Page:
Hummingbirds—Fantastic . . . from Head to Tail

on July 1, 2017

Did You Know . . .

Our planet is filled with at least 338 species of hummingbirds? These tiny acrobats wear a fantastic array of colorful costumes! Most make their homes in the tropics of Central and South America, but some venture as far north as Alaska.

Rufous-Crested Coquette

Most hummingbirds keep their heads well trimmed, but not the rufous-crested coquette. Males sport quite the “do” with orange spikes.

Tyrian Metaltail

The “Tyrian metaltail” sounds like some sort of comic book hero. Its shimmering armor is a great example of the striking colors that hummingbirds are known for. Their metallic color comes from reflected sunlight, not their own pigments.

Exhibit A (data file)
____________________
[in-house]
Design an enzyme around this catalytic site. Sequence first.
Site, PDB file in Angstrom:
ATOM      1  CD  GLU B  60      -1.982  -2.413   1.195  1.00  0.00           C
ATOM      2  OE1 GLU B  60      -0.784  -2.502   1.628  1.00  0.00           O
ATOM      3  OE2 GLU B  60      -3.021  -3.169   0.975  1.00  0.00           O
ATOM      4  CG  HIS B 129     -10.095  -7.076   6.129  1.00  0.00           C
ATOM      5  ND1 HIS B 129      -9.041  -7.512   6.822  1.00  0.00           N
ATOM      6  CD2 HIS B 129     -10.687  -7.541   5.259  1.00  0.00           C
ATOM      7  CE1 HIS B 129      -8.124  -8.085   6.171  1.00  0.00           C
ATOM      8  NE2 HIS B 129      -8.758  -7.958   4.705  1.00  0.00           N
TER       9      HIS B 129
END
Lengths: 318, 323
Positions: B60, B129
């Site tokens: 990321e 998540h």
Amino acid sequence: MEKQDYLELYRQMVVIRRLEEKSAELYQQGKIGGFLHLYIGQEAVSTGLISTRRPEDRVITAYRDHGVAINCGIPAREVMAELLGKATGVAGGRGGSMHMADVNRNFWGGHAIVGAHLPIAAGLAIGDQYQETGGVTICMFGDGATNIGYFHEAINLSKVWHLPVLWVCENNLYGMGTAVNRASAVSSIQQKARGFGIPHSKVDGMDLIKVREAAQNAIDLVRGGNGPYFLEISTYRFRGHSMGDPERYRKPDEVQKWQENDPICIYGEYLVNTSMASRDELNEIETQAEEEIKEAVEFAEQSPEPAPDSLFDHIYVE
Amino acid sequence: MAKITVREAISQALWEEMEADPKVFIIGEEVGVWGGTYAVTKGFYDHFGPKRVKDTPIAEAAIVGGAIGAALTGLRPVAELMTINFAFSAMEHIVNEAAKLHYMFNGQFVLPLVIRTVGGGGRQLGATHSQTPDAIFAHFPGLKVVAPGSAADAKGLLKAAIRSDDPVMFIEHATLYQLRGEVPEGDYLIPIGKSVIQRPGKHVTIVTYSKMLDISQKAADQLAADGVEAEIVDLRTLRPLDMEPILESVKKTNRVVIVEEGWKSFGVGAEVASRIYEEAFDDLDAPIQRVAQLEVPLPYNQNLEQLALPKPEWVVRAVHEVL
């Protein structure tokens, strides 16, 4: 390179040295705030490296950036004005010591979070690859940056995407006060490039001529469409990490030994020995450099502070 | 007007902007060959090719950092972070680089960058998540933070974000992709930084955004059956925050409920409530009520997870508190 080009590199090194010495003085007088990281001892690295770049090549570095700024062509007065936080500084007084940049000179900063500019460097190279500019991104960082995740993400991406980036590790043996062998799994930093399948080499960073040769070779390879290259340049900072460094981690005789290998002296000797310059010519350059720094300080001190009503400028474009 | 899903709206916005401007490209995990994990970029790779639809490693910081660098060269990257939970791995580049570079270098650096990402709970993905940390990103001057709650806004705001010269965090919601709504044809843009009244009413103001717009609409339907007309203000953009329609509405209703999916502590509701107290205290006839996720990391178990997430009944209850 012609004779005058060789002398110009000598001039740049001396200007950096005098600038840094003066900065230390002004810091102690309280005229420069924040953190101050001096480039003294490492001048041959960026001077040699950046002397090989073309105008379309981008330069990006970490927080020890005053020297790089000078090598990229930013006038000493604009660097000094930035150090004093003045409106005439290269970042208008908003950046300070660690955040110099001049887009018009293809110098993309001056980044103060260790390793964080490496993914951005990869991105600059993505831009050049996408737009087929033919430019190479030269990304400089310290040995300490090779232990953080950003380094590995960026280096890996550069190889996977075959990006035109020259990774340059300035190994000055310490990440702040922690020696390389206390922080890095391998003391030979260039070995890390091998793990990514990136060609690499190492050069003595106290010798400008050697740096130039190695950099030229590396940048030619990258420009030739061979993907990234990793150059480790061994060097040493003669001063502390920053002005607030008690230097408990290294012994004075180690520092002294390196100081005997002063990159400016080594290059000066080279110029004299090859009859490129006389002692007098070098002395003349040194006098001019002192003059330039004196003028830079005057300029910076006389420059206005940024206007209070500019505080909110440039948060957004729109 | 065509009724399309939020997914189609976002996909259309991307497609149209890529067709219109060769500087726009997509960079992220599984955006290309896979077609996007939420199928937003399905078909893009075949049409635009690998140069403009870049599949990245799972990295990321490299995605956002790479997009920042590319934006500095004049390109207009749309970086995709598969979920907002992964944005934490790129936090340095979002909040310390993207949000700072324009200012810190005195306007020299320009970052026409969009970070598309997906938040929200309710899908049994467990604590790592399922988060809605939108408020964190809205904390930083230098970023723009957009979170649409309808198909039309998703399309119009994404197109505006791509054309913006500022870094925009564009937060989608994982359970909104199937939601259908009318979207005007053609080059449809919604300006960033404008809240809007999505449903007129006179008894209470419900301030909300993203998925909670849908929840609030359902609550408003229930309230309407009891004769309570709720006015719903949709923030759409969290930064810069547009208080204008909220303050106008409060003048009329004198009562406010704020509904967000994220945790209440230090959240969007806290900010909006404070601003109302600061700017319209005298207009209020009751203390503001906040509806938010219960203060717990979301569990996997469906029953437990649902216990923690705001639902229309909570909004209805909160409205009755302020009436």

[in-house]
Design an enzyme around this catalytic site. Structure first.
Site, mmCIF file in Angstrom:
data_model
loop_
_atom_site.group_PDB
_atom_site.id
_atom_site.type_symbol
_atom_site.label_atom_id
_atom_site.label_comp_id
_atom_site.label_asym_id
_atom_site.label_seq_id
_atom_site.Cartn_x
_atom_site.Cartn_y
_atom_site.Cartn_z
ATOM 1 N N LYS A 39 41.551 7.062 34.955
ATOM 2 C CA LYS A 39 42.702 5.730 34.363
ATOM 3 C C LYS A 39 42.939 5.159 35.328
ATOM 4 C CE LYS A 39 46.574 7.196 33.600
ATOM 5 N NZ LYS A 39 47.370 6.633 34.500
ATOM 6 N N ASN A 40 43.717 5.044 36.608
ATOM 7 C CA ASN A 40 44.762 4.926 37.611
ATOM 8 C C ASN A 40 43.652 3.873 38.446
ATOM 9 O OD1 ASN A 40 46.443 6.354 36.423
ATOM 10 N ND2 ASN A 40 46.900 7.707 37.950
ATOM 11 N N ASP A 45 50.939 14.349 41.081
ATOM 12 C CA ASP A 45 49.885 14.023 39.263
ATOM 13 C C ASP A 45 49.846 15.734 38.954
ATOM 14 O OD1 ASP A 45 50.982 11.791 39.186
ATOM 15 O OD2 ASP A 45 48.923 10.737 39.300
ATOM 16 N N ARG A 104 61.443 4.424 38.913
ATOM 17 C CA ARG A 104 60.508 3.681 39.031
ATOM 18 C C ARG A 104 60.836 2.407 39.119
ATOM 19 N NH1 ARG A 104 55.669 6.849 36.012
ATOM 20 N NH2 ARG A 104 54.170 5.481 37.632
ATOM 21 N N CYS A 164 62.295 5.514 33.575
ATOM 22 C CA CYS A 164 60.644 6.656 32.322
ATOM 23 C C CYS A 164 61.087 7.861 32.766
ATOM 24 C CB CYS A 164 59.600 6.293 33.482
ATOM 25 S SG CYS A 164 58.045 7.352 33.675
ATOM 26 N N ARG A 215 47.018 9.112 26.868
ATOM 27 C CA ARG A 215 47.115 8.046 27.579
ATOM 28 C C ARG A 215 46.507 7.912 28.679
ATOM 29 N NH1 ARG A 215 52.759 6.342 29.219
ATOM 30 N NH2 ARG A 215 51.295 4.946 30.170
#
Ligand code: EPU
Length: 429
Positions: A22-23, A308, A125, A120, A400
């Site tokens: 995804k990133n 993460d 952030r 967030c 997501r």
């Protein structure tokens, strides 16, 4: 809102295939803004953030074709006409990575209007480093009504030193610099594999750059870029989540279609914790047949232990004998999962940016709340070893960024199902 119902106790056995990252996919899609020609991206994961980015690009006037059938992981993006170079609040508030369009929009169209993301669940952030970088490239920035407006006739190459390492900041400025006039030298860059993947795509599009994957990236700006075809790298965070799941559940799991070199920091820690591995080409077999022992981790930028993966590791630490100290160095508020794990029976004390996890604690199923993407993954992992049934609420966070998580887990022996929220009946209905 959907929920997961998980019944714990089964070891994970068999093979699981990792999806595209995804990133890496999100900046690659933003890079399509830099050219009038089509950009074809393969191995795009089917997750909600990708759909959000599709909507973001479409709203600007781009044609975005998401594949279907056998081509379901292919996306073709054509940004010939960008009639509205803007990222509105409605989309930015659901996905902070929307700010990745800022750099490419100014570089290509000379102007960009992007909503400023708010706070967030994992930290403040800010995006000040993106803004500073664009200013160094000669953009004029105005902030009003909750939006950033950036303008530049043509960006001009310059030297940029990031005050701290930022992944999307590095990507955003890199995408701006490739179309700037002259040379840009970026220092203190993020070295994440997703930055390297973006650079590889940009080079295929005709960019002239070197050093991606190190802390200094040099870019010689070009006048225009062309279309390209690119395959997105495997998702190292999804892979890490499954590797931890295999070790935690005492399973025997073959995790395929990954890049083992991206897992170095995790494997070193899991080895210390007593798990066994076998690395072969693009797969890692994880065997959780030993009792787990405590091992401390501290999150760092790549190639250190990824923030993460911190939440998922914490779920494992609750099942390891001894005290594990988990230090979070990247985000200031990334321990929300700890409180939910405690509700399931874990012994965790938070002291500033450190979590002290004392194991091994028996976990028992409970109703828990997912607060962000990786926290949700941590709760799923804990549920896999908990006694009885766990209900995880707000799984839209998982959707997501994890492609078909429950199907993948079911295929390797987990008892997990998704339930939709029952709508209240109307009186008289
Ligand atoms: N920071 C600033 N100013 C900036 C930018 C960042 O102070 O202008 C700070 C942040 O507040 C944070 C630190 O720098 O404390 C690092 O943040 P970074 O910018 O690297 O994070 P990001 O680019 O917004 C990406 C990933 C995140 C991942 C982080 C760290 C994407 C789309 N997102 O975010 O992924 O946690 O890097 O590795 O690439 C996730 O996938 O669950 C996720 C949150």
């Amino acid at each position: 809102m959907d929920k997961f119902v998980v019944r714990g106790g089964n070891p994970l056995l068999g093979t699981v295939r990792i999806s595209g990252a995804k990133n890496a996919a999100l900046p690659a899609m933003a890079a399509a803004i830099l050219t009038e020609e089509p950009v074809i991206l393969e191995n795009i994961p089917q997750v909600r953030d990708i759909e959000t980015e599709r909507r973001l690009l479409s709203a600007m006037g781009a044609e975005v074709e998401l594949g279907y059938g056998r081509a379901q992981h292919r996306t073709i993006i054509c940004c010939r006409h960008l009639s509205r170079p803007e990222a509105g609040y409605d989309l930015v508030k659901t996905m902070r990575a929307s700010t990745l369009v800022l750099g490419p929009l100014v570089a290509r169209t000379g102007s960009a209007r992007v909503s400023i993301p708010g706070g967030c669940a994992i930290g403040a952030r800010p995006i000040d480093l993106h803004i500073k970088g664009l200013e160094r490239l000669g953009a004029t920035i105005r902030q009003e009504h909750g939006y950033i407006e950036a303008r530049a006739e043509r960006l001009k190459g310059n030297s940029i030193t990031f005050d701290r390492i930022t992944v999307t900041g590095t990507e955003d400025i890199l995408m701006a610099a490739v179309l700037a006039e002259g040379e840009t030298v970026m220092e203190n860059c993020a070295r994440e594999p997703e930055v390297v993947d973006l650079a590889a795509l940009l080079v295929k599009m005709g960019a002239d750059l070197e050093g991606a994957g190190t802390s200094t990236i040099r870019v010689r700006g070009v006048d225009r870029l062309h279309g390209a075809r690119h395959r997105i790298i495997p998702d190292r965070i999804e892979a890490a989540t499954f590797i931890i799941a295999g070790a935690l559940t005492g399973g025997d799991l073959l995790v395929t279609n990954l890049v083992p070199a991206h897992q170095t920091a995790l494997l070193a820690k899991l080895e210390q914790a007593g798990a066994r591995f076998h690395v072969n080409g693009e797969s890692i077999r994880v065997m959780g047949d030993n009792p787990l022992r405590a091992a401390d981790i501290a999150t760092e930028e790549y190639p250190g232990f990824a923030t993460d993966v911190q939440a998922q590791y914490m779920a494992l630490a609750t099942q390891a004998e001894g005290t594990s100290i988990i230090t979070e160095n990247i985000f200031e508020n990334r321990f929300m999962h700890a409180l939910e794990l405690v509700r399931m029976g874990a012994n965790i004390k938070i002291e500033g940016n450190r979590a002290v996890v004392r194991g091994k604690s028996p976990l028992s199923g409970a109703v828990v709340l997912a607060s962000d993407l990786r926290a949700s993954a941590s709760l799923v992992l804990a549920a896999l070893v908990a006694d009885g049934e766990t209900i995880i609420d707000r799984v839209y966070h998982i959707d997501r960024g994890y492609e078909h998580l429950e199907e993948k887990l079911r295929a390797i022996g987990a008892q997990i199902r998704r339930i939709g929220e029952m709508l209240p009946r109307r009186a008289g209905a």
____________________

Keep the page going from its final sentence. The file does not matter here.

Sword-Billed Hummingbird

The sword-billed hummingbird is the only bird with a beak longer than its body frame. Its extended nozzle makes sipping nectar from tube-shaped flowers a snap.

Violet-Tailed Sylph

The nation of Ecuador is known for its beautiful hummers, and the violet-tailed sylph leads the show. As the males zip across the Andes Mountains, they appear to be wearing a deep violet cape.

Rufous Hummingbird

The rufous hummingbird is truly a road—or rather, a sky—warrior. They can migrate 3,000 miles each year, flying from as far north as Alaska to as far south as Mexico.

Booted Racket-Tail Hummingbird

The booted racket-tail hummingbird wears fluffy white “boots.” These accessories aren’t needed for warmth in the hot tropics of South America, but for a dazzling display. Males like to show off their tails, which are longer than their bodies!

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